(Andrew Doughman/Nevada News Bureau) – Bills related to immigration at the Nevada State Legislature did not make it past an important deadline last week.
One bill from Assemblyman Pat Hickey, R-Reno, would have required Nevada to use an electronic database to verify a person’s employment eligibility.
Another from Assemblyman Ira Hansen, R-Sparks, would have mirrored an Arizona law whose proponents crafted to curb illegal immigration, but whose detractors say encourages racial profiling. That law is currently tied up in the court system.
The dearth of immigration bills makes Nevada somewhat of an oddity in the United States. Other states are considering or have passed immigration legislation. Most lawmakers have sought to apply more stringent standards to current laws.
Utah, however, has passed a law that would allow police to check immigrants’ status, but would also allow illegal immigrants to obtain a permit to work in Utah.
In Nevada, even the sponsors of immigration bills seemed resigned to the death of their bills as a bill deadline loomed last Friday.
Hansen and Hickey did not press a Democratic committee chair to ensure the bills passed.
The bills did not have the votes to pass out of committee, they said.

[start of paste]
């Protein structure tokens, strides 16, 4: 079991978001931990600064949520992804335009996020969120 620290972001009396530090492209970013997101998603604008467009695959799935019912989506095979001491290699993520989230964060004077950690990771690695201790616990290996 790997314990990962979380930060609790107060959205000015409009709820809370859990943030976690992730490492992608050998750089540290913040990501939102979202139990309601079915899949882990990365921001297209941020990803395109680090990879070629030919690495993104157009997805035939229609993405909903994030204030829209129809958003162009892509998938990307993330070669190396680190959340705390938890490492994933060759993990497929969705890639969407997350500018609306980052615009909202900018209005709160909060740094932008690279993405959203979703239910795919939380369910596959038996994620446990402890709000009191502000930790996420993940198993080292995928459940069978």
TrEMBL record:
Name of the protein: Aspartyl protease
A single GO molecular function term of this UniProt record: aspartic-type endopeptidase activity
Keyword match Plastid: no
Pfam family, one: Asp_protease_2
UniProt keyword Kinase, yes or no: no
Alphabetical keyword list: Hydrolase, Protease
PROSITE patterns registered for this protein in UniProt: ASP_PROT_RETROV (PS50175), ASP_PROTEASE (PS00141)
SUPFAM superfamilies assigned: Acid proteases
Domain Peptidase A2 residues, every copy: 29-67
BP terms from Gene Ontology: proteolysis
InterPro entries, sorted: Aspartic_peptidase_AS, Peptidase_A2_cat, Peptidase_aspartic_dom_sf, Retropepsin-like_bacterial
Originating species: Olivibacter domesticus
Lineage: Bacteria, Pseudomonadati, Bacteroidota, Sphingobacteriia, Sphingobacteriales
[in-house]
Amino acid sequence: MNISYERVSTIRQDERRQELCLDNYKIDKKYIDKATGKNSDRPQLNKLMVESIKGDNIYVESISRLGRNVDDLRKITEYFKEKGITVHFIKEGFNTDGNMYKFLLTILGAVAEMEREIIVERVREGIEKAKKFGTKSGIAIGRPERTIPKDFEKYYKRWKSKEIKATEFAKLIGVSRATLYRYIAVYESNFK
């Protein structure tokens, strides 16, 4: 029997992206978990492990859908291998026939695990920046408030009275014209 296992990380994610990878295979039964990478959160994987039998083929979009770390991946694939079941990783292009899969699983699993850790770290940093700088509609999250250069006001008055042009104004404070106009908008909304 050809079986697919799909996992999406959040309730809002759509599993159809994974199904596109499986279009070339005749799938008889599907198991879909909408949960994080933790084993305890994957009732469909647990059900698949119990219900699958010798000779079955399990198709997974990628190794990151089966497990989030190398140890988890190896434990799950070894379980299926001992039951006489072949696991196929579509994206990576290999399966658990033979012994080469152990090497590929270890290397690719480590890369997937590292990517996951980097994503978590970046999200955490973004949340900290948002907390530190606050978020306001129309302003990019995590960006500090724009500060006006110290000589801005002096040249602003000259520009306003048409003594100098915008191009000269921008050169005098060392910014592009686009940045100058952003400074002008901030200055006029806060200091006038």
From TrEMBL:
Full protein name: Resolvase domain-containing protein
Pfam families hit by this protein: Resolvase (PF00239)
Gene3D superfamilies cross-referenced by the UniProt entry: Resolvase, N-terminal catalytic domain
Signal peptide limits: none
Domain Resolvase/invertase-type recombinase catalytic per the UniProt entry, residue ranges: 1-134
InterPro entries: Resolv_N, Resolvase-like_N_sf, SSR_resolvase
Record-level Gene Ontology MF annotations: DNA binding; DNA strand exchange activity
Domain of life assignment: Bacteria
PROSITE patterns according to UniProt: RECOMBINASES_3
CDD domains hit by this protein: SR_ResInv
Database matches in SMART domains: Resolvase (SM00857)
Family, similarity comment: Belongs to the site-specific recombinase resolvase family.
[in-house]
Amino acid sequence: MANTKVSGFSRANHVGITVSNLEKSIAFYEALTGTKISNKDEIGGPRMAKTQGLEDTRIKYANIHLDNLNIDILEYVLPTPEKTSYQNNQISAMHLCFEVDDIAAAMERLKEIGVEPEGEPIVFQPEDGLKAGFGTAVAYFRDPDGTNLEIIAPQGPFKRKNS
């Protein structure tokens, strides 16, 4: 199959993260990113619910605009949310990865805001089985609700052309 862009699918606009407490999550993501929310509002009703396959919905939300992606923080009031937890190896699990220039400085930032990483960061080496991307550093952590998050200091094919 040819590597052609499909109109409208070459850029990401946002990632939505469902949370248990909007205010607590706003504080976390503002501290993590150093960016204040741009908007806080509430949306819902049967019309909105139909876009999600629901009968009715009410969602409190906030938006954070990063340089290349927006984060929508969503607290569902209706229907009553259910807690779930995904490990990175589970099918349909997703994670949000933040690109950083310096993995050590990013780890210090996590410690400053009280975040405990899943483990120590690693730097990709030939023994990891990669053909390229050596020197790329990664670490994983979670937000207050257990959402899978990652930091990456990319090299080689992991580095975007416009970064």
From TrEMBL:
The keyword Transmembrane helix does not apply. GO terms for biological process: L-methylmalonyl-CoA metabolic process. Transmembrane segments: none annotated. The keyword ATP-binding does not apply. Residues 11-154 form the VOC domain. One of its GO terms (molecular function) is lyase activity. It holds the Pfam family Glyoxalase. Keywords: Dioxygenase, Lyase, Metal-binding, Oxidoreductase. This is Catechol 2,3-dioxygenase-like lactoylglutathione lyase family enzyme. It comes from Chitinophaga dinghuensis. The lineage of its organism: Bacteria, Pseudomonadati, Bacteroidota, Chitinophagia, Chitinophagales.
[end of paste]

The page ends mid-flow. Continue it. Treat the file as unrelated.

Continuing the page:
Hansen said that tepid comments from legislators in addition to ambivalence from the business community and unions ensured his bill would not be considered.
The immigration issue, however, has not been primary to any discussion at the Nevada Legislature. The state’s fiscal woes have ensured most discussions relate to the governor’s proposed general fund budget. Bills changing the state’s education policy have also gained traction.
But immigration is not popular. Assembly Republicans have listed several legislative priorities, which would have more effect on public sector and trade unions and trial lawyers than on immigrants.
According to the Pew Center, however, Nevada hosts a high percentage of illegal immigrants compared to its population.
Nevada’s foreign-born population has also grown during the past decade to nearly 20 percent of the population, according to the American Community Survey. This population comprises both citizens and non-citizens.